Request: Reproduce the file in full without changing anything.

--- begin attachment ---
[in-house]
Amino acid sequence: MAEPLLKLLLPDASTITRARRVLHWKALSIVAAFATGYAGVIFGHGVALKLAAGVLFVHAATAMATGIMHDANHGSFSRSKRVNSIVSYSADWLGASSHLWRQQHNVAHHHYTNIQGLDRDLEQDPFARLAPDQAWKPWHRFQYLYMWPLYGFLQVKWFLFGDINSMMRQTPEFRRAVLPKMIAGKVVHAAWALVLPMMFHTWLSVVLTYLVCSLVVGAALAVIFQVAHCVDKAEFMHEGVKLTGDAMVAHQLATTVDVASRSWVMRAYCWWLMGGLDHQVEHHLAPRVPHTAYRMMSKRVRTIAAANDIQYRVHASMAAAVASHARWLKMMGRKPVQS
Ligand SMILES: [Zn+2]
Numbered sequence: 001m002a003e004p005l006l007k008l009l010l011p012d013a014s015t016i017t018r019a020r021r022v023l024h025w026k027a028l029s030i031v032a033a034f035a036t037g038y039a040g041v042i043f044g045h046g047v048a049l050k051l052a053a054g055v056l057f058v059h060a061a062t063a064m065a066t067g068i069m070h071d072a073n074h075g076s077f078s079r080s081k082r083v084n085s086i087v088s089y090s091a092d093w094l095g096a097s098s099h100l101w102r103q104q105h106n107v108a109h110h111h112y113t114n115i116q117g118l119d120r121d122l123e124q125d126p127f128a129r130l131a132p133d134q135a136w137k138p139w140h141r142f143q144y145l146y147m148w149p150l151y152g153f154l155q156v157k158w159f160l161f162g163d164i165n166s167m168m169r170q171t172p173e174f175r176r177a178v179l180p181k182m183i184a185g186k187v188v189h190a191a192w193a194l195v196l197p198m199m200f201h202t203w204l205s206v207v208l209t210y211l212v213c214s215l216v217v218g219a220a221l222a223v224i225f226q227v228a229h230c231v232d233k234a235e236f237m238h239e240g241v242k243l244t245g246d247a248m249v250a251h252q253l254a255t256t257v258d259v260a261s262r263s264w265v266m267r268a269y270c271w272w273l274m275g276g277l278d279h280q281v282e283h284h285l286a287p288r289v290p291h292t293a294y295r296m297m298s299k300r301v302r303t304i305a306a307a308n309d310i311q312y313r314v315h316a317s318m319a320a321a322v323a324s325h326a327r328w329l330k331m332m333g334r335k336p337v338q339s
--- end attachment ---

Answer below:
[in-house]
Amino acid sequence: MAEPLLKLLLPDASTITRARRVLHWKALSIVAAFATGYAGVIFGHGVALKLAAGVLFVHAATAMATGIMHDANHGSFSRSKRVNSIVSYSADWLGASSHLWRQQHNVAHHHYTNIQGLDRDLEQDPFARLAPDQAWKPWHRFQYLYMWPLYGFLQVKWFLFGDINSMMRQTPEFRRAVLPKMIAGKVVHAAWALVLPMMFHTWLSVVLTYLVCSLVVGAALAVIFQVAHCVDKAEFMHEGVKLTGDAMVAHQLATTVDVASRSWVMRAYCWWLMGGLDHQVEHHLAPRVPHTAYRMMSKRVRTIAAANDIQYRVHASMAAAVASHARWLKMMGRKPVQS
Ligand SMILES: [Zn+2]
Numbered sequence: 001m002a003e004p005l006l007k008l009l010l011p012d013a014s015t016i017t018r019a020r021r022v023l024h025w026k027a028l029s030i031v032a033a034f035a036t037g038y039a040g041v042i043f044g045h046g047v048a049l050k051l052a053a054g055v056l057f058v059h060a061a062t063a064m065a066t067g068i069m070h071d072a073n074h075g076s077f078s079r080s081k082r083v084n085s086i087v088s089y090s091a092d093w094l095g096a097s098s099h100l101w102r103q104q105h106n107v108a109h110h111h112y113t114n115i116q117g118l119d120r121d122l123e124q125d126p127f128a129r130l131a132p133d134q135a136w137k138p139w140h141r142f143q144y145l146y147m148w149p150l151y152g153f154l155q156v157k158w159f160l161f162g163d164i165n166s167m168m169r170q171t172p173e174f175r176r177a178v179l180p181k182m183i184a185g186k187v188v189h190a191a192w193a194l195v196l197p198m199m200f201h202t203w204l205s206v207v208l209t210y211l212v213c214s215l216v217v218g219a220a221l222a223v224i225f226q227v228a229h230c231v232d233k234a235e236f237m238h239e240g241v242k243l244t245g246d247a248m249v250a251h252q253l254a255t256t257v258d259v260a261s262r263s264w265v266m267r268a269y270c271w272w273l274m275g276g277l278d279h280q281v282e283h284h285l286a287p288r289v290p291h292t293a294y295r296m297m298s299k300r301v302r303t304i305a306a307a308n309d310i311q312y313r314v315h316a317s318m319a320a321a322v323a324s325h326a327r328w329l330k331m332m333g334r335k336p337v338q339s